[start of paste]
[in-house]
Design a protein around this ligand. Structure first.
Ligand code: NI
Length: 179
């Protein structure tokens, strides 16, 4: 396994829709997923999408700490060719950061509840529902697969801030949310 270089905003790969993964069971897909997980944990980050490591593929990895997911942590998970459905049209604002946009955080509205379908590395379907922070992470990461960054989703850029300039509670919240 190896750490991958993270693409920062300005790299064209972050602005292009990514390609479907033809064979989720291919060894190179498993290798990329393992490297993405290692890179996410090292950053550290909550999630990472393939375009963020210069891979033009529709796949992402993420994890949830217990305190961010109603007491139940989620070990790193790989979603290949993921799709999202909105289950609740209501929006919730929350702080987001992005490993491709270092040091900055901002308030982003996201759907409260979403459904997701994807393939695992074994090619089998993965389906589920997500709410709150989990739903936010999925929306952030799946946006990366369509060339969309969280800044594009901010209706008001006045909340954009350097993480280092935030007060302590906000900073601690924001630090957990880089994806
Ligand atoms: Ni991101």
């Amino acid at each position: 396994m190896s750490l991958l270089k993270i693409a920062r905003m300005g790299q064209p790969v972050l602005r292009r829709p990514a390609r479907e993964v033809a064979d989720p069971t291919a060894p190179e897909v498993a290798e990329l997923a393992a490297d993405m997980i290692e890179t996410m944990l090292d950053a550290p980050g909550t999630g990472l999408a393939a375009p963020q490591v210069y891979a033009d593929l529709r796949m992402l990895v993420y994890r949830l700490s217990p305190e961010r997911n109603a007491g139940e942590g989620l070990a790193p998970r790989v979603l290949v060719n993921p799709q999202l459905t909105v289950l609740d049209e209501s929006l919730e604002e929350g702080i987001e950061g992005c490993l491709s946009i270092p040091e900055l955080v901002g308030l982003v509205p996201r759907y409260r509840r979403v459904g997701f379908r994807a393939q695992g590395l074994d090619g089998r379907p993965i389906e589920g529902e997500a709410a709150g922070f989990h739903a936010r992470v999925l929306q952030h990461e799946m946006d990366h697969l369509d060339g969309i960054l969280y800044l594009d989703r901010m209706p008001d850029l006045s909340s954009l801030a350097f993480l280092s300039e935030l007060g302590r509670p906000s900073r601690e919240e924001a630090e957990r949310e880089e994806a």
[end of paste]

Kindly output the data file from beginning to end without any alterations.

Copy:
[in-house]
Design a protein around this ligand. Structure first.
Ligand code: NI
Length: 179
């Protein structure tokens, strides 16, 4: 396994829709997923999408700490060719950061509840529902697969801030949310 270089905003790969993964069971897909997980944990980050490591593929990895997911942590998970459905049209604002946009955080509205379908590395379907922070992470990461960054989703850029300039509670919240 190896750490991958993270693409920062300005790299064209972050602005292009990514390609479907033809064979989720291919060894190179498993290798990329393992490297993405290692890179996410090292950053550290909550999630990472393939375009963020210069891979033009529709796949992402993420994890949830217990305190961010109603007491139940989620070990790193790989979603290949993921799709999202909105289950609740209501929006919730929350702080987001992005490993491709270092040091900055901002308030982003996201759907409260979403459904997701994807393939695992074994090619089998993965389906589920997500709410709150989990739903936010999925929306952030799946946006990366369509060339969309969280800044594009901010209706008001006045909340954009350097993480280092935030007060302590906000900073601690924001630090957990880089994806
Ligand atoms: Ni991101």
């Amino acid at each position: 396994m190896s750490l991958l270089k993270i693409a920062r905003m300005g790299q064209p790969v972050l602005r292009r829709p990514a390609r479907e993964v033809a064979d989720p069971t291919a060894p190179e897909v498993a290798e990329l997923a393992a490297d993405m997980i290692e890179t996410m944990l090292d950053a550290p980050g909550t999630g990472l999408a393939a375009p963020q490591v210069y891979a033009d593929l529709r796949m992402l990895v993420y994890r949830l700490s217990p305190e961010r997911n109603a007491g139940e942590g989620l070990a790193p998970r790989v979603l290949v060719n993921p799709q999202l459905t909105v289950l609740d049209e209501s929006l919730e604002e929350g702080i987001e950061g992005c490993l491709s946009i270092p040091e900055l955080v901002g308030l982003v509205p996201r759907y409260r509840r979403v459904g997701f379908r994807a393939q695992g590395l074994d090619g089998r379907p993965i389906e589920g529902e997500a709410a709150g922070f989990h739903a936010r992470v999925l929306q952030h990461e799946m946006d990366h697969l369509d060339g969309i960054l969280y800044l594009d989703r901010m209706p008001d850029l006045s909340s954009l801030a350097f993480l280092s300039e935030l007060g302590r509670p906000s900073r601690e919240e924001a630090e957990r949310e880089e994806a």